Basically, you need Vitamin E to develop and maintain your cognitive functions, including learning and memory. And it helps protect the brain from age-related damage and reduces the risk of neurodegenerative diseases such as Alzheimer’s disease


Even though vitamin E deficiency is extremely rare, it is one nutrient that is still be beneficial as a supplement. 


Foods that contain vitamin E:


  • Nuts and seeds
  • Green leafy vegetables
  • Fortified cereals
  • Fruits, like mango, avocado, and pumpkins


#4 Choline

Choline is a nutrient that is essential for brain function and health. Choline helps to form the structure of the brain and its connections — which happens until the day you die according to neuroplasticity research


In fact, recent research shows that choline in an essential nutrient that may help fight Alzheimer’s across generations. The study found that the beneficial effects of choline supplementation are transgenerational — not only does it protect your cognitive health, but also that of your children. 


choline supplement benefits are transgenerational


Foods that contain choline:


  • Meat
  • Fish
  • Poultry
  • Dairy
  • Eggs


#5 Flavonoids

Flavonoids are a type of nutrient found in all types of plants. These nutrients play an important role in brain function. 


In a comprehensive study on flavonoids and brain health, researches found that they mainly act as a shield against toxins. Owing to their neuroprotective effects, they have the potential to protect neurons from toxicity-induced damage, an ability to reduce brain inflammation, and the capacity to enhance memory, learning, and cognitive performance.


Seems like a lot of beneficial brain protection, right?


Foods that contain flavonoids:


  • Onions
  • Grapes and red wine
  • Kale
  • Lettuce
  • Broccoli
  • Tea
  • Berries
  • Tomatoes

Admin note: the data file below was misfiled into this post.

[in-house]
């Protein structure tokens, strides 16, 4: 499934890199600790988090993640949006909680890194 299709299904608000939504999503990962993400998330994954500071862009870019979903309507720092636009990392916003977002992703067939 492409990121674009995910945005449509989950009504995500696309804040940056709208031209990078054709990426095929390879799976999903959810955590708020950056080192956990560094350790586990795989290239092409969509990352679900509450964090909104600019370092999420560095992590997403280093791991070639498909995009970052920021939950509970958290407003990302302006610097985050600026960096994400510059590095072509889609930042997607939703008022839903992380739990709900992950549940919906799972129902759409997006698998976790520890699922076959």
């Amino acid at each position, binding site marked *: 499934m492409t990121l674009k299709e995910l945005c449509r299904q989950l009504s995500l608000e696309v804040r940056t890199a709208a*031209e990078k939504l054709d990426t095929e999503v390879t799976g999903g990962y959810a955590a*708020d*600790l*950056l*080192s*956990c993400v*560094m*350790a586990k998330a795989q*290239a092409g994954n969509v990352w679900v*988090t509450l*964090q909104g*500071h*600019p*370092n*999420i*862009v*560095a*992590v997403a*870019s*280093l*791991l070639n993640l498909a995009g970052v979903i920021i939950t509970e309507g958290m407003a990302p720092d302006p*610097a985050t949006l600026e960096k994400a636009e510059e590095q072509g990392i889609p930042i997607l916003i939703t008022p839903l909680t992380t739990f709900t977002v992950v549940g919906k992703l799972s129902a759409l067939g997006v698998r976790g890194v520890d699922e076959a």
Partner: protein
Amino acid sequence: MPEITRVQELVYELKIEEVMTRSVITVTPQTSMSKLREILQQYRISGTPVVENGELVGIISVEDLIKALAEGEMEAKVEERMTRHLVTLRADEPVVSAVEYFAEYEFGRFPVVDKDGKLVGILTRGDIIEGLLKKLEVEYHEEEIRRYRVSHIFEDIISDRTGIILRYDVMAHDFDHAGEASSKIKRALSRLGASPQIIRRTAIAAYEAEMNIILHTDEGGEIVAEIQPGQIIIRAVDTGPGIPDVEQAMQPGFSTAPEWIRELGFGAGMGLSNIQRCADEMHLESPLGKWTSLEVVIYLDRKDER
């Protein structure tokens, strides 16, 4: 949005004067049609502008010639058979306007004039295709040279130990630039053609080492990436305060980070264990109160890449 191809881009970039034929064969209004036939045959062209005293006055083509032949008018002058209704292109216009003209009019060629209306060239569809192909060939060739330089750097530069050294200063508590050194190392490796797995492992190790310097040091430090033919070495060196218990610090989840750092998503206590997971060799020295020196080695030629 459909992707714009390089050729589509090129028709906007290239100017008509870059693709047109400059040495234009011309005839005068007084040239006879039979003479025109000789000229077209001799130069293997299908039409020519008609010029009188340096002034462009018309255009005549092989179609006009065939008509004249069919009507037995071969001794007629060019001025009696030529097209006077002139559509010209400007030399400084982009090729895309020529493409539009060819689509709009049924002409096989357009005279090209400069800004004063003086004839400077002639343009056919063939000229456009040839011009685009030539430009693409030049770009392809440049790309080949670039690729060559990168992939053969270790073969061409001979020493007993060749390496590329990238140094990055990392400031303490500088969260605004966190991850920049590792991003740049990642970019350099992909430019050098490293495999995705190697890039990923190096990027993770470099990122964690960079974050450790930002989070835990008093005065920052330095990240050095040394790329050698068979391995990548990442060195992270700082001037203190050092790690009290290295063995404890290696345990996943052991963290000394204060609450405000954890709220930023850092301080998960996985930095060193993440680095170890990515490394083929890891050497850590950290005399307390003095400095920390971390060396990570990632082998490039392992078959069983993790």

The Neuroscience Diet

Research on nutrition and brain health recommends these two diets:



Insert image of the two diets


But more recent studies have combined the two into the so-called MIND diet. It’s a simplified combination of the two that is backed by the latest studies on nutrition and brain health. 


More specifically, the MIND diet outlines ten food categories that you should increase and five that you should avoid.


What you should eat:


  • Green leafy vegetables (at least one serving daily)
  • All other vegetables (2 or more servings per day)
  • Berries (2 or more servings per week)
  • Nuts (5 or more servings per week)
  • Olive oil (daily)
  • Whole grains (3 or more servings per day)
  • Fatty fish or seafood (1 or more servings per week)
  • Beans (4 or more servings per week)
  • Poultry (2 or more servings per week)
  • Red wine (one glass per day, but you can skip it)


What you should limit:


  • Butter and margarine
  • Cheese
  • Red meat
  • Fried foods
  • Refined sugar


Food for Thought

Eating for your brain health doesn’t have to be difficult – in fact, following some simple guidelines can help keep your mind sharp well into old age. 


Start with small changes, like adding more fruits and vegetables to your meals or swapping out unhealthy snacks for healthier options. And sometimes, a mood and cognitive function supplement can be a helpful addition to your daily routine, supporting cognitive function and emotional well-being. While it’s vital to obtain essential vitamins and minerals from food, if your diet falls short, these supplements can provide an extra boost for optimal brain health and a positive mindset.


No matter how you slice it, your nutritional needs change with age, which means you should adjust your habits accordingly.


We hope we’ve given you some practical tips and some food for thought (pun intended).


For more insights on nutrition for older adults, check out our comprehensive guide.

And to learn more about the aging brain, check out our comprehensive guide. Inside, you’ll find information on how to protect your brain health, exercises to keep your mind sharp, and tips for staying mentally active as you age.